Count me among those who can't hear a title like "Run for Your Wife" without wanting to run for the hills. It is all the stranger, then, to admit that I am looking forward — with something close to lust — to a show opening next month that technically falls within this loathed category. But let me put forward two other words that automatically nullify expectations of cozy titters and rib-nudging elbows: Joe Orton.
"Entertaining Mr. Sloane" — which opens on March 16 in a revival from the Roundabout Theater Company, directed by Scott Ellis and starring the auspiciously cast Alec Baldwin and Jan Maxwell — was the first full-length play and the first success in the brief, flaming career of Orton (1933-67). You could also say that it single-handedly dragged the British sex farce from the realm of seaside-postcard naughtiness into a land-mined field of subversion. In portraying two middle-aged, middle-class siblings drooling over the same cute young thing (a male hustler, in this case), Orton revealed not only the sagging flesh beneath his characters' rigorously conventional clothes but also the wayward, wanton itches beneath the skin. And how many other sex farces blithely factor in sadistic murder?
Sweet are the uses of perversity in the theater. Throw a kink, a curve, a warping twist into a time-honored dramatic formula and tried-and-true suddenly looks eye-poppingly new and unsettling. The spring season in New York is, happily and atypically, plump with demonstrations of such genre bending, with entrancingly wicked shows that extract the profane from the sacred and the rot from the pillars of society. If a majority of them turn out to be of British origin, that's because British artists have long used the perverse perspective as an essential corrective to their national class-conscious stolidity.
As it happens, the great Teutonic ancestor of the comedy of the perverse is on hand for inspection this season as well. That's "The Threepenny Opera," Bertolt Brecht and Kurt Weill's mordant 1928 reworking of John Gay's 18th-century "Beggar's Opera." Brecht's signature alienation effect was never writ as briskly or bouncily as it is in this capitalism-bashing study of thugs, whores and mercenary parents in Victorian London.
Bourgeois morality, and what have come to be called family values, are reflected and splintered in the cracked mirror of an underclass that eats its own for breakfast. Last revived on Broadway in 1989 (in a much-reviled production starring the rock star Sting), "The Threepenny Opera" is being reincarnated again, in a new translation by Wallace Shawn opening on April 20 at Studio 54, with a creative team that specializes in fashionable shock effects.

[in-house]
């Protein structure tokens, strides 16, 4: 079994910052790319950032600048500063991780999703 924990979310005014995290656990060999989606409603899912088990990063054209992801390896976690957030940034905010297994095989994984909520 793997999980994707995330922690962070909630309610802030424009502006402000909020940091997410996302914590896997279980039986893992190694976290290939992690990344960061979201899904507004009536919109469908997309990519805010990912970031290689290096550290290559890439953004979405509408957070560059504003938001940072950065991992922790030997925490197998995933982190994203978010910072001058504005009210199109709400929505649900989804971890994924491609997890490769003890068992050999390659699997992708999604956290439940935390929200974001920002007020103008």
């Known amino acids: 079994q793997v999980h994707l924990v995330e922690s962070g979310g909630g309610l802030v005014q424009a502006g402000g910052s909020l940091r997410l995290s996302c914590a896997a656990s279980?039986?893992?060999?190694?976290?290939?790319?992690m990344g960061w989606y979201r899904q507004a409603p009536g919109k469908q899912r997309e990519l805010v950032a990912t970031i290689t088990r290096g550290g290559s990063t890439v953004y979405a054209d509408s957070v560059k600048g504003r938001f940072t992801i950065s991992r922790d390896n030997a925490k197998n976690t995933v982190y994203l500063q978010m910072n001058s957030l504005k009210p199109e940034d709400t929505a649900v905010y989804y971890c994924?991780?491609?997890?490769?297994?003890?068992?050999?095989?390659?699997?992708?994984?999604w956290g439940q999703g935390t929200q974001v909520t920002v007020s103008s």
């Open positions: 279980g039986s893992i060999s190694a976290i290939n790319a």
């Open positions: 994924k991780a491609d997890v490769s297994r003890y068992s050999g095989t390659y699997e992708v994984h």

The director is Scott Elliott, a specialist in comedies of bad manners ("Hurlyburly," "Abigail's Party") and a man who believes that nothing suits the stage like an unexpected flash of full-frontal nudity (which he managed to inject even into Broadway revivals of "The Women" and "Present Laughter"). Alan Cumming, who won a Tony for playing that ultimate ringmaster of decadence, the M.C. in "Cabaret," shows up here as the polygamous archbrigand Macheath (a k a Mack the Knife).
He is sandwiched between two charmingly contrarian pop stars — Cyndi Lauper (the anti-Madonna of the mid-80's) as Jenny, the piratical prostitute, and Nellie McKay (the anti-Norah Jones of the mid-00's) as the demi-virginal Polly Peachum. The role of Polly's romantic rival, Lucy Brown — famously portrayed by Bea Arthur in the fabled Off Broadway revival half a century ago — is in this version played by a man, Brian Charles Rooney. Anything goes in the name of alienation.
Actually, the gangland violence of "Threepenny" is sure to seem demure next to the merry carnage of Martin McDonagh's "Lieutenant of Inishmore," directed by Wilson Milam and opening tomorrow at the Atlantic Theater Company. Mr. McDonagh, who explored the comic potential of bloodletting in rural Ireland in his dazzling "Leenane" and "Connemara" plays, here bravely applies his scalpel to the subject of Irish Republican terrorism. The play's none-too-bright hero is a torture-loving assassin whose mission is to make his country safe for cats. Warning: The show includes scenes of wholesale slaughter and dismemberment. Double warning: These scenes are criminally funny, or at least they were when I saw the show in London three years ago.